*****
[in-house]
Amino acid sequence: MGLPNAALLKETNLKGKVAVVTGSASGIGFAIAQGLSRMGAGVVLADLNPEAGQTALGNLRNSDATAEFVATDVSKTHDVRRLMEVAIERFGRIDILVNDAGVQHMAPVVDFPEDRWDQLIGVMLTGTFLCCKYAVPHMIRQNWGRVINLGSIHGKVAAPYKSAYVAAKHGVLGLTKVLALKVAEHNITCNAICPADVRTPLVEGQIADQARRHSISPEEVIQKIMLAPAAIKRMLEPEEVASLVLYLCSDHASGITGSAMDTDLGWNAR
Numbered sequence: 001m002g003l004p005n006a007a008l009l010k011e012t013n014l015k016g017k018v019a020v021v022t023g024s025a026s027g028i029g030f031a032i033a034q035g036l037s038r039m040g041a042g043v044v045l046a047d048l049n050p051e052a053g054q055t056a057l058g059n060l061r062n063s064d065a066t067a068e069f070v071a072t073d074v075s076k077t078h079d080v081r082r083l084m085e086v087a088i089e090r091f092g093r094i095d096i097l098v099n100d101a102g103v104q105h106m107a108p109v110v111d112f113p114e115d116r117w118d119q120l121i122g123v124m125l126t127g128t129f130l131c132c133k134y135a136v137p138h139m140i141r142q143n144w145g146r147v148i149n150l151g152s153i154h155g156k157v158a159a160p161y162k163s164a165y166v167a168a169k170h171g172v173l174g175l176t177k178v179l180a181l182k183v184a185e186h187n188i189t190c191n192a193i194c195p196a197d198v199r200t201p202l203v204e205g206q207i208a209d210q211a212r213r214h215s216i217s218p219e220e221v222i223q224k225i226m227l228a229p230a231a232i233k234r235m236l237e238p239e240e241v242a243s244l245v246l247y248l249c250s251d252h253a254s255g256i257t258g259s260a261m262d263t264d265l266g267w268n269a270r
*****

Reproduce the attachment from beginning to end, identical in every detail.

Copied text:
[in-house]
Amino acid sequence: MGLPNAALLKETNLKGKVAVVTGSASGIGFAIAQGLSRMGAGVVLADLNPEAGQTALGNLRNSDATAEFVATDVSKTHDVRRLMEVAIERFGRIDILVNDAGVQHMAPVVDFPEDRWDQLIGVMLTGTFLCCKYAVPHMIRQNWGRVINLGSIHGKVAAPYKSAYVAAKHGVLGLTKVLALKVAEHNITCNAICPADVRTPLVEGQIADQARRHSISPEEVIQKIMLAPAAIKRMLEPEEVASLVLYLCSDHASGITGSAMDTDLGWNAR
Numbered sequence: 001m002g003l004p005n006a007a008l009l010k011e012t013n014l015k016g017k018v019a020v021v022t023g024s025a026s027g028i029g030f031a032i033a034q035g036l037s038r039m040g041a042g043v044v045l046a047d048l049n050p051e052a053g054q055t056a057l058g059n060l061r062n063s064d065a066t067a068e069f070v071a072t073d074v075s076k077t078h079d080v081r082r083l084m085e086v087a088i089e090r091f092g093r094i095d096i097l098v099n100d101a102g103v104q105h106m107a108p109v110v111d112f113p114e115d116r117w118d119q120l121i122g123v124m125l126t127g128t129f130l131c132c133k134y135a136v137p138h139m140i141r142q143n144w145g146r147v148i149n150l151g152s153i154h155g156k157v158a159a160p161y162k163s164a165y166v167a168a169k170h171g172v173l174g175l176t177k178v179l180a181l182k183v184a185e186h187n188i189t190c191n192a193i194c195p196a197d198v199r200t201p202l203v204e205g206q207i208a209d210q211a212r213r214h215s216i217s218p219e220e221v222i223q224k225i226m227l228a229p230a231a232i233k234r235m236l237e238p239e240e241v242a243s244l245v246l247y248l249c250s251d252h253a254s255g256i257t258g259s260a261m262d263t264d265l266g267w268n269a270r